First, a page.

This blog seeks to explore the divine feminine by examining the history of women. The analysis of archaeology and history found here is meant to raise questions, not necessarily find answers. In addition, by looking at our female ancestors, we can seek to make connections in our current lives and define ourselves as women in fresh ways.
The Other Season of the Witch?
I'm currently getting into the Yule spirit by reading a new Llewellyn title. The book The Old Magic of Christmas by Linda Raedisch is a collection of Christmas traditions that many of us may not be familiar with. Creatures such as elves, gnomes, and werewolves roam the wintry landscape and leap off the pages. Goddesses and witches also make appearances, which has helped me to look at the Christmas season in a new light.
Yes, this book focuses on historical Christmas traditions, but Raedisch posits that many of these traditions and tales have their origin in Europe's pre-Christian past. I'm inclined to agree. This book really does explore the "old magic" of the season. For instance, there is an interesting tension between the feminine aspect of death and birth in many of the folk customs that are described. Much like the traditional Halloween, there is the juxtaposition of the crone witch with the young woman who tries her hand at fortunetelling for fertility, luck, and husband-seeking.
For this post, I thought I would share with you my favorite figure discussed in the book, the Italian Christmas witch Befana.
The Befana doll pictured above is from a Christmas market and depicts her in the traditional way riding her broom; although, she doesn't appear to have the hamper of gifts that she will deliver down the chimneys of Italy's well-behaved children. While she is associated with Christmas, she delivers her presents on the eve of Epiphany.
Some say that Epiphany is where Befana gets her name, but she has tantalizing connections to the Roman new year goddess Strenia. Wikipedia discusses this:
There is evidence to suggest that Befana is descended from the Sabine/Roman goddess named Strina. In the book Vestiges of Ancient Manners and Customs, Discoverable in Modern Italy and Sicily by Rev. John J. Blunt (John Murray, 1823), the author says:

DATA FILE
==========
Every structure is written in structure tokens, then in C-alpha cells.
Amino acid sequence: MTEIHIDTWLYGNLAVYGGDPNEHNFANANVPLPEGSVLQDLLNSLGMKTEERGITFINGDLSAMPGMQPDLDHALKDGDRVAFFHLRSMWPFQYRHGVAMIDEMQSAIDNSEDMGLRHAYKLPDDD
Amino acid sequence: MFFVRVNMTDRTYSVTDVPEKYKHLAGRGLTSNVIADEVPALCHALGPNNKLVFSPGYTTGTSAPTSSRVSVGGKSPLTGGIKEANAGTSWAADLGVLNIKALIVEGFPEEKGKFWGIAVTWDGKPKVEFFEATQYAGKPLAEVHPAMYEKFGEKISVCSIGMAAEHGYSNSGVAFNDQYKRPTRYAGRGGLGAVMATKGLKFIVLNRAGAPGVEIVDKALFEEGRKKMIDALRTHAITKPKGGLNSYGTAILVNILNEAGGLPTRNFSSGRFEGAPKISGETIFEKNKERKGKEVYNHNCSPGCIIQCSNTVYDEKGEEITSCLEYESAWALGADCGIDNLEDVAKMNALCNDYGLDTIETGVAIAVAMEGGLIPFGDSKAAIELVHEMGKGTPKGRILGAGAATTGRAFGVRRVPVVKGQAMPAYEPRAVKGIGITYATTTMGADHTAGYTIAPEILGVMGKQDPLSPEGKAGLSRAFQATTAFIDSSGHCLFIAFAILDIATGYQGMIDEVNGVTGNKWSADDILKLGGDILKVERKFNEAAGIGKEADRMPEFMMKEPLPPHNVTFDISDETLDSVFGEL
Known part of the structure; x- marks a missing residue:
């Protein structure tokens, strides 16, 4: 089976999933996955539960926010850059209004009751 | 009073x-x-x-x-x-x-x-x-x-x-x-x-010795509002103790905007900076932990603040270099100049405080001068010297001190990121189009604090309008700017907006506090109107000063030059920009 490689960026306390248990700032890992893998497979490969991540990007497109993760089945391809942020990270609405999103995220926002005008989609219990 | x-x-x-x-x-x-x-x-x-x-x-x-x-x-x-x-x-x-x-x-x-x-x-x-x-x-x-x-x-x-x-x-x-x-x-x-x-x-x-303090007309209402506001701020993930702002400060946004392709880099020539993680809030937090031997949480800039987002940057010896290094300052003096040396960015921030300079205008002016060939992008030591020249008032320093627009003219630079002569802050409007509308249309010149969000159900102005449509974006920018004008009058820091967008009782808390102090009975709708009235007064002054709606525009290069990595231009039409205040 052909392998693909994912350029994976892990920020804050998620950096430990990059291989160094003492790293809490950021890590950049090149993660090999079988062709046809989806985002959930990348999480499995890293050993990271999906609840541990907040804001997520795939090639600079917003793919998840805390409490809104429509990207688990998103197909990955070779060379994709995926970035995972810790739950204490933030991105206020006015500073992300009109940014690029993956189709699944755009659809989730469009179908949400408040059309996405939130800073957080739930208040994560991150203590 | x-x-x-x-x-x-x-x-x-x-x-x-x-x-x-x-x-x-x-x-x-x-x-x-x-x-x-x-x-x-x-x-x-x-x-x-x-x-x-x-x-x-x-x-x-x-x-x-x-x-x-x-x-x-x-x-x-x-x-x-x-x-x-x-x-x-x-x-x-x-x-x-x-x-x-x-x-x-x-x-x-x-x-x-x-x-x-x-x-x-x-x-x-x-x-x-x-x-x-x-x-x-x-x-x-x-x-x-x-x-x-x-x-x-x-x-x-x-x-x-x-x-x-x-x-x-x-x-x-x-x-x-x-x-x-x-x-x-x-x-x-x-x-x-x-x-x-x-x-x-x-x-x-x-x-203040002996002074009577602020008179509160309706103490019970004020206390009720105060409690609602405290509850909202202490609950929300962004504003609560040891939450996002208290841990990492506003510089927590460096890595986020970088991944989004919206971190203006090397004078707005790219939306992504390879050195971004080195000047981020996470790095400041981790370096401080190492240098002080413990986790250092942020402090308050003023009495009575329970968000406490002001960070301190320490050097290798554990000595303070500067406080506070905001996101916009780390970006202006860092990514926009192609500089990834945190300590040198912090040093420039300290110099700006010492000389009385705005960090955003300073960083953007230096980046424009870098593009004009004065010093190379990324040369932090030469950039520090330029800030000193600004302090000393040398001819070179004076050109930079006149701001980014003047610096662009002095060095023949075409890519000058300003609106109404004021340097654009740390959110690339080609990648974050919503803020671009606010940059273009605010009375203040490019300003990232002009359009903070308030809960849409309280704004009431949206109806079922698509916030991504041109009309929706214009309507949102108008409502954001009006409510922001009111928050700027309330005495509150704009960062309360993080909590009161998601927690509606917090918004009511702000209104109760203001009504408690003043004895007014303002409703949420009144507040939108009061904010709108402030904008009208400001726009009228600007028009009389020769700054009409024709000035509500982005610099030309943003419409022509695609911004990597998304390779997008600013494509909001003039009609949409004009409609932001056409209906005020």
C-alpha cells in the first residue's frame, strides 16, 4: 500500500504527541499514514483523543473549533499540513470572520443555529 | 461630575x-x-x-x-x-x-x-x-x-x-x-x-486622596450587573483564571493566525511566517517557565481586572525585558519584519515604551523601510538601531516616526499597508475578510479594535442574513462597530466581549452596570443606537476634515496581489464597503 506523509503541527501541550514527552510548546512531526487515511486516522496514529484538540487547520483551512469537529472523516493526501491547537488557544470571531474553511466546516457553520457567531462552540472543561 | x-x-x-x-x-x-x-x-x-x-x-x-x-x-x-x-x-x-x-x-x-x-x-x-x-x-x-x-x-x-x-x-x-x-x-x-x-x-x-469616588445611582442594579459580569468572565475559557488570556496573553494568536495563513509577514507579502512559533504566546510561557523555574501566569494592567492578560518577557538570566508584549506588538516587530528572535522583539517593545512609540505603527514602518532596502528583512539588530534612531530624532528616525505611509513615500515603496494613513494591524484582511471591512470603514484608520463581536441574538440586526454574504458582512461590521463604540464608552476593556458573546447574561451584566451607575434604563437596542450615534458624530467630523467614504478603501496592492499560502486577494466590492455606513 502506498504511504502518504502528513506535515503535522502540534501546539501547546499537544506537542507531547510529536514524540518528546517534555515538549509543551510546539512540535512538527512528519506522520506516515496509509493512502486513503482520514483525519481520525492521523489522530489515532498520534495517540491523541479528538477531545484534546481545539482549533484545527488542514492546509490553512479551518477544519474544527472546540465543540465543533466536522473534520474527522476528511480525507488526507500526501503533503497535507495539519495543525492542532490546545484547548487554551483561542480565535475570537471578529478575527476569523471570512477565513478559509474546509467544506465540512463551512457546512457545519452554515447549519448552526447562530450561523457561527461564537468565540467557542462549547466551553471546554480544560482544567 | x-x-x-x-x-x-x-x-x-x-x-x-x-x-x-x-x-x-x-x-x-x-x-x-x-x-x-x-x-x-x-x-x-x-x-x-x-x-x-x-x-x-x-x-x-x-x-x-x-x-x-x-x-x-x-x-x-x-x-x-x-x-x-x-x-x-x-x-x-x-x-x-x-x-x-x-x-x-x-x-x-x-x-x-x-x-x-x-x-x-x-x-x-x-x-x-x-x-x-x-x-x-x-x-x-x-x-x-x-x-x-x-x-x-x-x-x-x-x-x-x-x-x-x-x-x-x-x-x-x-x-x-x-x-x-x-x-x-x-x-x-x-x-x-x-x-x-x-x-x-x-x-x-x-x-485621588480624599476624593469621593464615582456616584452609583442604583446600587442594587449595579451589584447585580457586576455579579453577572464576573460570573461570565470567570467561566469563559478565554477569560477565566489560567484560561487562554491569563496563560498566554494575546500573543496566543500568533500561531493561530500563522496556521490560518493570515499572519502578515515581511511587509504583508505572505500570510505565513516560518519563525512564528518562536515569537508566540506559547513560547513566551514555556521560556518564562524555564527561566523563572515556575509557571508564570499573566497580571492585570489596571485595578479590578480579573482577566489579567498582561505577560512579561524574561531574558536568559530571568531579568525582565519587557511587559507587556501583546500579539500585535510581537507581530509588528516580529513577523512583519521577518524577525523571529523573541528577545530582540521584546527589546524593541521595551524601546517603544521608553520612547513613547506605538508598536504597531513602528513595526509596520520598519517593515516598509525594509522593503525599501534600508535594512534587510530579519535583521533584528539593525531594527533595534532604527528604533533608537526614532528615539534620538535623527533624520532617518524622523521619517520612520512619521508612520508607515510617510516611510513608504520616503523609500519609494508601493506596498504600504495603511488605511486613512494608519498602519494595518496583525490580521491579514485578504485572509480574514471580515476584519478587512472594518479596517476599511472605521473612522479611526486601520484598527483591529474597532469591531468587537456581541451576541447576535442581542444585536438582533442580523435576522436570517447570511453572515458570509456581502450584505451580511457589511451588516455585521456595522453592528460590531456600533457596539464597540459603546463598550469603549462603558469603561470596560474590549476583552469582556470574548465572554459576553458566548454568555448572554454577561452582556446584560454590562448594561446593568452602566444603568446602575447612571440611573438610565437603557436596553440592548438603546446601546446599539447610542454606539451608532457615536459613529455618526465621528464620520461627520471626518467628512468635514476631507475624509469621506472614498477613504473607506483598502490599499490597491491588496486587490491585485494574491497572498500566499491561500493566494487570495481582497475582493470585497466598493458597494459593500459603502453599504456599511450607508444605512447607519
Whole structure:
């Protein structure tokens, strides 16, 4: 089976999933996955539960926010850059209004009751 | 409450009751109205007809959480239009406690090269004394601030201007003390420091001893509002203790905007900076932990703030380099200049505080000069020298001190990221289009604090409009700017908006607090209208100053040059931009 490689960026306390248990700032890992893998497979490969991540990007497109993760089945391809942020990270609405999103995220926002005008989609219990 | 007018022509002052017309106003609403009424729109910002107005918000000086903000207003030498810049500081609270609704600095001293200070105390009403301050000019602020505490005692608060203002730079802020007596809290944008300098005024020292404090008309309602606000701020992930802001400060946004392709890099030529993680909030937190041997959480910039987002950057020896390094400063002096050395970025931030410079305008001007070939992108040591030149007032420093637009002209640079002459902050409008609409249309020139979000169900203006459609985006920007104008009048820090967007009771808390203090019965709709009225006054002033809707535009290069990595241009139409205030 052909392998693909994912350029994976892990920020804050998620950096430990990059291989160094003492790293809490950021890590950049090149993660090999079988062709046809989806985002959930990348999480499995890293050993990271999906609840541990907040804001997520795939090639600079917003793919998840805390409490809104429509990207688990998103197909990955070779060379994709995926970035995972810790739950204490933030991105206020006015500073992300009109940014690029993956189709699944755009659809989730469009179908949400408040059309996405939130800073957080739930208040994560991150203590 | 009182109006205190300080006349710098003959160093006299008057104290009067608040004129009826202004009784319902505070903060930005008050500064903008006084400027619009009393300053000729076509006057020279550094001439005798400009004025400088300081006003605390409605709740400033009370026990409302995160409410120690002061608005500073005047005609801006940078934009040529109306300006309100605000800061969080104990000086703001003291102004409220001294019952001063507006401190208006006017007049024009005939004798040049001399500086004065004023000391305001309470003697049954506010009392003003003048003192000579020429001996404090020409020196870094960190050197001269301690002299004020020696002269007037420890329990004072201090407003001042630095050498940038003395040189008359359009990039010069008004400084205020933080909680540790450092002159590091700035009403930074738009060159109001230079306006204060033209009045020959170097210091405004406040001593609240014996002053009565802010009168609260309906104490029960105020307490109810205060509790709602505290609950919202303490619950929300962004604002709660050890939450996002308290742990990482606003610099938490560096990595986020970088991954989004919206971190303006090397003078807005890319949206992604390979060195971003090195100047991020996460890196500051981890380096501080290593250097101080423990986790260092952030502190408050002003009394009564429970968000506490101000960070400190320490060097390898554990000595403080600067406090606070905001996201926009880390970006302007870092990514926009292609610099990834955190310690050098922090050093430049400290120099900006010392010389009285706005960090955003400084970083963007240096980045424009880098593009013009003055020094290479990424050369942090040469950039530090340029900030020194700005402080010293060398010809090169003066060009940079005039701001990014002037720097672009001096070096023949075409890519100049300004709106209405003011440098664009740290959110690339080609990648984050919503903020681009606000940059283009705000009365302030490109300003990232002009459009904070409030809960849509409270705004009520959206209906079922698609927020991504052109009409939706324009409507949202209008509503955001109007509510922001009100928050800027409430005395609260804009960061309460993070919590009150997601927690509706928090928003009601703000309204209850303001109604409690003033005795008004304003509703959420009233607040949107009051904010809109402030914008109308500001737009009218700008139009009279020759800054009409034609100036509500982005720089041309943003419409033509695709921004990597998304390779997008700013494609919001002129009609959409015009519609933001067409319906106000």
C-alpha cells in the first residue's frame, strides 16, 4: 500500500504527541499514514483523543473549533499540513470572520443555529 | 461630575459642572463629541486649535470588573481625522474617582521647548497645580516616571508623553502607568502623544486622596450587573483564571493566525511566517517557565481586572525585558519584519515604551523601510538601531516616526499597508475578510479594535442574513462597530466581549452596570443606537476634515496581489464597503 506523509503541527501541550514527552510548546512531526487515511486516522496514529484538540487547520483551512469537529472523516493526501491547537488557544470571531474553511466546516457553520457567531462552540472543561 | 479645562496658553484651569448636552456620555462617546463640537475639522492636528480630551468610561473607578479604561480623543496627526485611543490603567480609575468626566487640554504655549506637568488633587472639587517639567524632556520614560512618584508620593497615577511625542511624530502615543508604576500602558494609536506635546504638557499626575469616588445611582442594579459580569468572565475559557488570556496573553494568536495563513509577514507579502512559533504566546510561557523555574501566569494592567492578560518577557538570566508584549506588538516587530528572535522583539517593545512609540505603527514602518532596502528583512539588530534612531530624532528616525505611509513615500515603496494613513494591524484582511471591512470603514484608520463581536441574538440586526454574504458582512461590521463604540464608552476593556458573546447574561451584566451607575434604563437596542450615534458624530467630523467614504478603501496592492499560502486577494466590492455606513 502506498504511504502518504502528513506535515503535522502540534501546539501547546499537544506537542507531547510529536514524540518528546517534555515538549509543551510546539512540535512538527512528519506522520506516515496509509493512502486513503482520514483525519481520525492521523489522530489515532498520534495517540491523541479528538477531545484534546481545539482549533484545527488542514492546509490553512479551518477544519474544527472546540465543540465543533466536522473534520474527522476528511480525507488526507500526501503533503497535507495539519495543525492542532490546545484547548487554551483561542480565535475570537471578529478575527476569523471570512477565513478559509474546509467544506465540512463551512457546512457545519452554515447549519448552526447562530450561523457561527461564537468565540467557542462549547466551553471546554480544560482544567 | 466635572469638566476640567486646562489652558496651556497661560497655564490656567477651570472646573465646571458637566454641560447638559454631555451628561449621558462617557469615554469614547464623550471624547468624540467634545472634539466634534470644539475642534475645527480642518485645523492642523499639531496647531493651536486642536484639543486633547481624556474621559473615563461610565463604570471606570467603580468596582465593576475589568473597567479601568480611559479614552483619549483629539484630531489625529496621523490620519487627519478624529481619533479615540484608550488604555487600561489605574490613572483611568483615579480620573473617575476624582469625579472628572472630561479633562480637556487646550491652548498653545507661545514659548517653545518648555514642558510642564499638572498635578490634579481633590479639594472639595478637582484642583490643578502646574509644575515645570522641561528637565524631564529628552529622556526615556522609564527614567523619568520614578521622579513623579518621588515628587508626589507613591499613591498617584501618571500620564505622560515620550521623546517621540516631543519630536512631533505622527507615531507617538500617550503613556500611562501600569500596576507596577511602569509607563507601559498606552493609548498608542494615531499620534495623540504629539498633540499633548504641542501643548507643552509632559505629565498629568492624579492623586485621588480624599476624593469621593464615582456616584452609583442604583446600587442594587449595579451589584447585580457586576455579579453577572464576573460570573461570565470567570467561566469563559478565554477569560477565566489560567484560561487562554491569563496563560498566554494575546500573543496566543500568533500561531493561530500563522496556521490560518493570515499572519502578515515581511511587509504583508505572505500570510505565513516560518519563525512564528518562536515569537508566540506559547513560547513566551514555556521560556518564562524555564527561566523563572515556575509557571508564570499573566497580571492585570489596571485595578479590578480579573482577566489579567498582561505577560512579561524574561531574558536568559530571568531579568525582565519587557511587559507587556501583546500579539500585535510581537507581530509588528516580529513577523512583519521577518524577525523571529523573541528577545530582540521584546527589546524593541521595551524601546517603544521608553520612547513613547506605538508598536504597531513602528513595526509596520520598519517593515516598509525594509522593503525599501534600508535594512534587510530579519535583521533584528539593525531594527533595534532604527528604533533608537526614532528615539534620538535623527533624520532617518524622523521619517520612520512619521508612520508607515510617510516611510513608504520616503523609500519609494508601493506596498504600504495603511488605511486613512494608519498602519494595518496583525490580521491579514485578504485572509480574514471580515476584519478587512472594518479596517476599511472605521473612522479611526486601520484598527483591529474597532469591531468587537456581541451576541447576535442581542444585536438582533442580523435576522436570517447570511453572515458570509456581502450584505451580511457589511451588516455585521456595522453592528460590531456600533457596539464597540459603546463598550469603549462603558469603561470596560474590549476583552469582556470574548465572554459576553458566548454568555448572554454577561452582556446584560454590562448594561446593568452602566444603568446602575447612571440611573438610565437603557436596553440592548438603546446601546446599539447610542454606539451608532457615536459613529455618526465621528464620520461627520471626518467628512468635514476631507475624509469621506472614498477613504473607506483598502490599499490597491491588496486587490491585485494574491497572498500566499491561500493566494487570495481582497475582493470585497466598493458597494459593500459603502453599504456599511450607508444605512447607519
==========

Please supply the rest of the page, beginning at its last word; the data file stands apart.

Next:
"This Befana appears to be heir at law of a certain heathen goddess called Strenia, who presided over the new-year's gifts, 'Strenae,' from which, indeed, she derived her name. Her presents were of the same description as those of the Befana—figs, dates, and honey. Moreover her solemnities were vigorously opposed by the early Christians on account of their noisy, riotous, and licentious character". [Source]
The Christian image of Befana is heavily connected to magic. She was approached by the 3 Magi and was asked to join them on their journey. However, Befana was too busy cleaning to go with them. She changed her mind too late, and set off on her own with gifts. Ever since that night she has been traveling and delivering presents on a quest to find that babe in the manger. To receive these gifts from Befana, children are to write their wishes and send them up the chimney.
So, where does the broom come in? She brought her broom along with her to clean up for Mary. (I have to interject here and say that I love this practical approach to the birth of Jesus.) Then, at some point, she began to be pictured flying this broom around the countryside.
This is an image that I can't deny the romance of. I love the idea of a crone bearing gifts, giddy on her broom. A Christmas witch delights me! Then there is her connection to goddess traditions. These are interesting, but just touch the surface of the reach of the Goddess across the Yuletide season.
Picture of book by this blog author.
Befana photo from Wikimedia Commons.
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